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Mother's Reliable Memory Proves Decisive in Clinical Negligence Case

The success or failure of clinical negligence claims often depends on the reliability of a patient's memory of what was said or done during medical consultations that are many years in the past. In a case on point, the High Court accepted a mother's account of a concern she expressed at an antenatal appointment in 2004.

The mother's son was born four days after the appointment, having suffered chronic partial oxygen starvation and brain damage. Damages were sought on his behalf against an NHS trust on the basis that, during the appointment, his mother had expressed concern to a doctor about reduced foetal movement.

The trust accepted that, if the mother had indeed raised such a concern, the doctor was negligent in failing to act upon it. In denying that she had done so, however, it pointed to alleged inconsistencies between her memory of what she told the doctor and contemporaneous medical records. Unsurprisingly, given the lapse of time, the doctor herself had no independent recollection of the appointment.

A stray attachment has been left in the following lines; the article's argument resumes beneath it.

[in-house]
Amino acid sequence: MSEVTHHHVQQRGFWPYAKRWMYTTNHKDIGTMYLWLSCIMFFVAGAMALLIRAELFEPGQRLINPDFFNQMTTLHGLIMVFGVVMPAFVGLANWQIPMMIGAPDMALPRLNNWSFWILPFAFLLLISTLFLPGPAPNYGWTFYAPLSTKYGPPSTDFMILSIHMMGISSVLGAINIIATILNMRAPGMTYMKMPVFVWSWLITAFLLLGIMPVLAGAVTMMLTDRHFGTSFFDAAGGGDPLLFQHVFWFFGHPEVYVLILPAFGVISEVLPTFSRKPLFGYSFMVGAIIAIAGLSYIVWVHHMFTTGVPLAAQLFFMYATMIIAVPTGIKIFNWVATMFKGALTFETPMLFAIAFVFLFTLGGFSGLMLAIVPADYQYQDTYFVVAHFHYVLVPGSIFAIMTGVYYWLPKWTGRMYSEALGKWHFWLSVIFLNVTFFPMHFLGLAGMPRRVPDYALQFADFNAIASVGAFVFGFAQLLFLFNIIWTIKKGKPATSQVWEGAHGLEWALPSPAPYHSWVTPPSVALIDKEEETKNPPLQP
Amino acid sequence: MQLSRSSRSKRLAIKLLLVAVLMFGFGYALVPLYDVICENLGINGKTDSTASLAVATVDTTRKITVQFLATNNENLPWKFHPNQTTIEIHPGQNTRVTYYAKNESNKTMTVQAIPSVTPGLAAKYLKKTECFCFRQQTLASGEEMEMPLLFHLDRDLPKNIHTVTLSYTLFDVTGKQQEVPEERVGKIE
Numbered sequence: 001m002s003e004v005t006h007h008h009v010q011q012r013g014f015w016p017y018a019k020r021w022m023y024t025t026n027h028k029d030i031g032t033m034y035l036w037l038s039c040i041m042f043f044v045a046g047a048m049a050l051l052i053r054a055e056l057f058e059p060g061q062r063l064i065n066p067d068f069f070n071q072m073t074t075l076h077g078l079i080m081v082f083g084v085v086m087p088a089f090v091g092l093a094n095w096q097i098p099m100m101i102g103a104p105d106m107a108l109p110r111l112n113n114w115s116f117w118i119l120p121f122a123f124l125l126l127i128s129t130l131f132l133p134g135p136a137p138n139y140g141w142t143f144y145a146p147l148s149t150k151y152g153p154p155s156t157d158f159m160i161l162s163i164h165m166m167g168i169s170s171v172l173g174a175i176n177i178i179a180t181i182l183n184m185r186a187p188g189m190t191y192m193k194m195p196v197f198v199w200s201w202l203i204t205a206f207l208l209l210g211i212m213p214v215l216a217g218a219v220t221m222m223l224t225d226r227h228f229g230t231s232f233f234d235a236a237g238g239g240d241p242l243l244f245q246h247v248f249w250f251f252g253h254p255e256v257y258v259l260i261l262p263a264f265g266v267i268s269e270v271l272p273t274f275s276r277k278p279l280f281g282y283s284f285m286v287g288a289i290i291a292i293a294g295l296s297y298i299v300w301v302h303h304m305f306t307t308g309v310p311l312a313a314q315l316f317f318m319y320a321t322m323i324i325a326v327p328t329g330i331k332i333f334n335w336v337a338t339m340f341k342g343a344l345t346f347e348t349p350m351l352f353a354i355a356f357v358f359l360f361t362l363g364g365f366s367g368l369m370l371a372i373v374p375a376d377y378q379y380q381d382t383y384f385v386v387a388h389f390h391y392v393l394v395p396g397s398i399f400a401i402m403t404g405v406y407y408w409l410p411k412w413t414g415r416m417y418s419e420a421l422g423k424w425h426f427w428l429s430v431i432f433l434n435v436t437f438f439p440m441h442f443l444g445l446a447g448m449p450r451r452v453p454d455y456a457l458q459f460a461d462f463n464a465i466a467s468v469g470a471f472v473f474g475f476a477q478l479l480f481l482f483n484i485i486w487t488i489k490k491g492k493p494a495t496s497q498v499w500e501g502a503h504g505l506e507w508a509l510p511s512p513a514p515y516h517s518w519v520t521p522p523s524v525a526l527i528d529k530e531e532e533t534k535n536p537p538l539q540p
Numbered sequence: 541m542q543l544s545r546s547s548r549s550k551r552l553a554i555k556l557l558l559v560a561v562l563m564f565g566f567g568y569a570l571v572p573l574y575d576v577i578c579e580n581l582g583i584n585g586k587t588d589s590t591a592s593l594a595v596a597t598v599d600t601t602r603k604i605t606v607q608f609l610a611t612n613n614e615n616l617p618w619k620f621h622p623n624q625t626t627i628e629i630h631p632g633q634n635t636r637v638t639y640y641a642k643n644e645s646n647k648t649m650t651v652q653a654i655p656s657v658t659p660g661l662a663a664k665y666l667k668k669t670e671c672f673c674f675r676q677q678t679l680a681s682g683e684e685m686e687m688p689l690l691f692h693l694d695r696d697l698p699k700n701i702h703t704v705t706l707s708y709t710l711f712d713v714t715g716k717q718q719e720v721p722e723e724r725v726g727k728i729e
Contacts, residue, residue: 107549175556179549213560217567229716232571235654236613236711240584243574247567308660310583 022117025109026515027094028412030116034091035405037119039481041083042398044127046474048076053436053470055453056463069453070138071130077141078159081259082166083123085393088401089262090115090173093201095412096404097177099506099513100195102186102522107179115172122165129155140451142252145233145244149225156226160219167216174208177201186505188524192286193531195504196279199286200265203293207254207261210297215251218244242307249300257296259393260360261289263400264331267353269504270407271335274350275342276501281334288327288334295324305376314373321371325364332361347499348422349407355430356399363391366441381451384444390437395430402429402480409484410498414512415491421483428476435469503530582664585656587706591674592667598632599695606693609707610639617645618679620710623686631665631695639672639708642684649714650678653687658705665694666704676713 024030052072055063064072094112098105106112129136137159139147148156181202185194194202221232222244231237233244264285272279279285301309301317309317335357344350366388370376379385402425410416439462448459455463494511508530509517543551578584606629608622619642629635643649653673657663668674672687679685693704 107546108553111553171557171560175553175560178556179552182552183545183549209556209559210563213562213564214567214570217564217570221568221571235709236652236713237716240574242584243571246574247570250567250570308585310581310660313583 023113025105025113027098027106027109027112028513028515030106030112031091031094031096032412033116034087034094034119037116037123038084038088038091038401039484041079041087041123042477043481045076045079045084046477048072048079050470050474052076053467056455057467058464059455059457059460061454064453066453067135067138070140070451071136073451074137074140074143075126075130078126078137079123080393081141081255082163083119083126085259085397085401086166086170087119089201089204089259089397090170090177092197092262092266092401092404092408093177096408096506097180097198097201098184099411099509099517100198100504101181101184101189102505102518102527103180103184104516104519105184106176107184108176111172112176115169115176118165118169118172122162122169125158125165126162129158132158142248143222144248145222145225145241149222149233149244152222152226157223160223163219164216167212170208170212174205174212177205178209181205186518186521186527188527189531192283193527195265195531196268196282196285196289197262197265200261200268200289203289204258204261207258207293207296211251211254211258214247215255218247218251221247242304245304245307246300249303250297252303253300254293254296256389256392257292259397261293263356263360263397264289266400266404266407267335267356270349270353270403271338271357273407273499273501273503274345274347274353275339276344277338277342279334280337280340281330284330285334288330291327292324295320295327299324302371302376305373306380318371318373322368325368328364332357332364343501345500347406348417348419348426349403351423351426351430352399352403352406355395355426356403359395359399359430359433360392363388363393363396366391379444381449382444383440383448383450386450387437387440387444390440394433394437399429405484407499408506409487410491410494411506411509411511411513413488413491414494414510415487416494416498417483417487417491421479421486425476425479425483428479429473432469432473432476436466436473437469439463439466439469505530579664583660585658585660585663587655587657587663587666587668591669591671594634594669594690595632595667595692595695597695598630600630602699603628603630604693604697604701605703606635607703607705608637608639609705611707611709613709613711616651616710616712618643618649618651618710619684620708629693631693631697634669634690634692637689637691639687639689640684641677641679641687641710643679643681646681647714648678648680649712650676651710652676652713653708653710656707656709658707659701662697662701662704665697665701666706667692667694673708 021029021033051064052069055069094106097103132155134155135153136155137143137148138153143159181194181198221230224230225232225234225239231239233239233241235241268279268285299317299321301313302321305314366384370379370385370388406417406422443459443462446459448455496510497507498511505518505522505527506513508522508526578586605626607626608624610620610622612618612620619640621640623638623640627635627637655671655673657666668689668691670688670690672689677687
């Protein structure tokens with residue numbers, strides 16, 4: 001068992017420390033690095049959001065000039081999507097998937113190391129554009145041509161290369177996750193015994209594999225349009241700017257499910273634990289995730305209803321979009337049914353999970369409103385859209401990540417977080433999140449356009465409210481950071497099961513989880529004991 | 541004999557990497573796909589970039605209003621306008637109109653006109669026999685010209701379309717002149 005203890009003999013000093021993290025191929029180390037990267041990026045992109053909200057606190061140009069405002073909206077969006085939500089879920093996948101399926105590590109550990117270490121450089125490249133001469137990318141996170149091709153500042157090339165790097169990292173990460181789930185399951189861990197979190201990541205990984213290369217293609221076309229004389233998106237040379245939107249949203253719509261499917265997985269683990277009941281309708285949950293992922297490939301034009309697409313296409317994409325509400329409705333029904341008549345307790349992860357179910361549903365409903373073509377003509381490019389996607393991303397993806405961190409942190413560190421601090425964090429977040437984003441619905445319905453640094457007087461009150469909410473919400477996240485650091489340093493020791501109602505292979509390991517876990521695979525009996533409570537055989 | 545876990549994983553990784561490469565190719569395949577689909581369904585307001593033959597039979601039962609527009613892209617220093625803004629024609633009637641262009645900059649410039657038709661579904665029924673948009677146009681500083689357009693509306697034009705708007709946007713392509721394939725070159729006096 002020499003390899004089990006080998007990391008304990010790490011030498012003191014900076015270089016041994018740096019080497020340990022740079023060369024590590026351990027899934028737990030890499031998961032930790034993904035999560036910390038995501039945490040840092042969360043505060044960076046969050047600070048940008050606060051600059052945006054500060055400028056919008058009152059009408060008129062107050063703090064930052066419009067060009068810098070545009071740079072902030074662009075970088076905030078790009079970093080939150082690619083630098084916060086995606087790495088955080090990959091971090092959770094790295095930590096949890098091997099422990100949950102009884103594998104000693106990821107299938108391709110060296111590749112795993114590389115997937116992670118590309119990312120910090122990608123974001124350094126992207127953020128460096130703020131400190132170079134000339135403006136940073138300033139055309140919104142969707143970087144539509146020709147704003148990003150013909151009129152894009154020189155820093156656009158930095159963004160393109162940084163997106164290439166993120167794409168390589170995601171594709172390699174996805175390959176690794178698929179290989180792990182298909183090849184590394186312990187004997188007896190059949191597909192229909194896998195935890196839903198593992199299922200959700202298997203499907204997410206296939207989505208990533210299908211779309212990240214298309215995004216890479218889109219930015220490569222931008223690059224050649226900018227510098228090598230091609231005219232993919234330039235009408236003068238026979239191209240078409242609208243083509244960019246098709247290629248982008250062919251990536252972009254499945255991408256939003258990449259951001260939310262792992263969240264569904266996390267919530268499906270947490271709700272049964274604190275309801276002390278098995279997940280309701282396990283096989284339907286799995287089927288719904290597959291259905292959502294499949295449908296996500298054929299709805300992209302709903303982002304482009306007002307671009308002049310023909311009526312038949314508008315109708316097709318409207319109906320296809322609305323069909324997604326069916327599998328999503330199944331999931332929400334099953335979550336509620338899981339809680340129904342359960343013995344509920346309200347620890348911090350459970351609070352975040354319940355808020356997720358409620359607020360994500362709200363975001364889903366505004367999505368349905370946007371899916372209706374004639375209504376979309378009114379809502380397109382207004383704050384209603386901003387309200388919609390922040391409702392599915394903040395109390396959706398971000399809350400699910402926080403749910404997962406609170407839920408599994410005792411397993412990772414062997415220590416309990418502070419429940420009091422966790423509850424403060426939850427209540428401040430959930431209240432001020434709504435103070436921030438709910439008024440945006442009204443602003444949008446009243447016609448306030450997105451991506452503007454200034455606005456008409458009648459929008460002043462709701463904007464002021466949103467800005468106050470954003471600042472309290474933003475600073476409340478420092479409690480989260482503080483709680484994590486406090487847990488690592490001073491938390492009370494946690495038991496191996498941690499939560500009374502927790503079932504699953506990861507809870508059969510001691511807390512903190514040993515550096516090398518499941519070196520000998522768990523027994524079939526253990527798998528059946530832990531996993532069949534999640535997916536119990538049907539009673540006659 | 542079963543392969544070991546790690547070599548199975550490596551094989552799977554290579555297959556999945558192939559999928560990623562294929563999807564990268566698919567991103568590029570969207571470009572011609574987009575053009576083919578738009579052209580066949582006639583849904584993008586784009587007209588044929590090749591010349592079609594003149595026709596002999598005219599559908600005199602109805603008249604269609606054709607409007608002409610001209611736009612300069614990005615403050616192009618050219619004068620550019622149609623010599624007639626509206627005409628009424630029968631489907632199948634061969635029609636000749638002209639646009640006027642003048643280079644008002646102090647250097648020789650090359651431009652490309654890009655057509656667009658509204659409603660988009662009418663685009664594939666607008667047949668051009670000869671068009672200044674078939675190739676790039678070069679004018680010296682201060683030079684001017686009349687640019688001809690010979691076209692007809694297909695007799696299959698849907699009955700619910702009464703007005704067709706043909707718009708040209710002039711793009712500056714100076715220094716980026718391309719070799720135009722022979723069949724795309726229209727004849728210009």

Ruling on the matter, the Court noted that the mother had given a clear account of the appointment, which took place on her wedding anniversary. Her memory that she had raised a concern about reduced foetal movement, and been reassured by the doctor, was substantially supported by other evidence.

A brief entry in the medical notes in which the doctor recorded that foetal movement had been detected did not in itself contradict the mother's recollection. The Court found on the balance of probabilities that the mother did raise her concern and that a breach of duty on the doctor's part was therefore established. Other issues in the case would be the subject of a further hearing, if not agreed.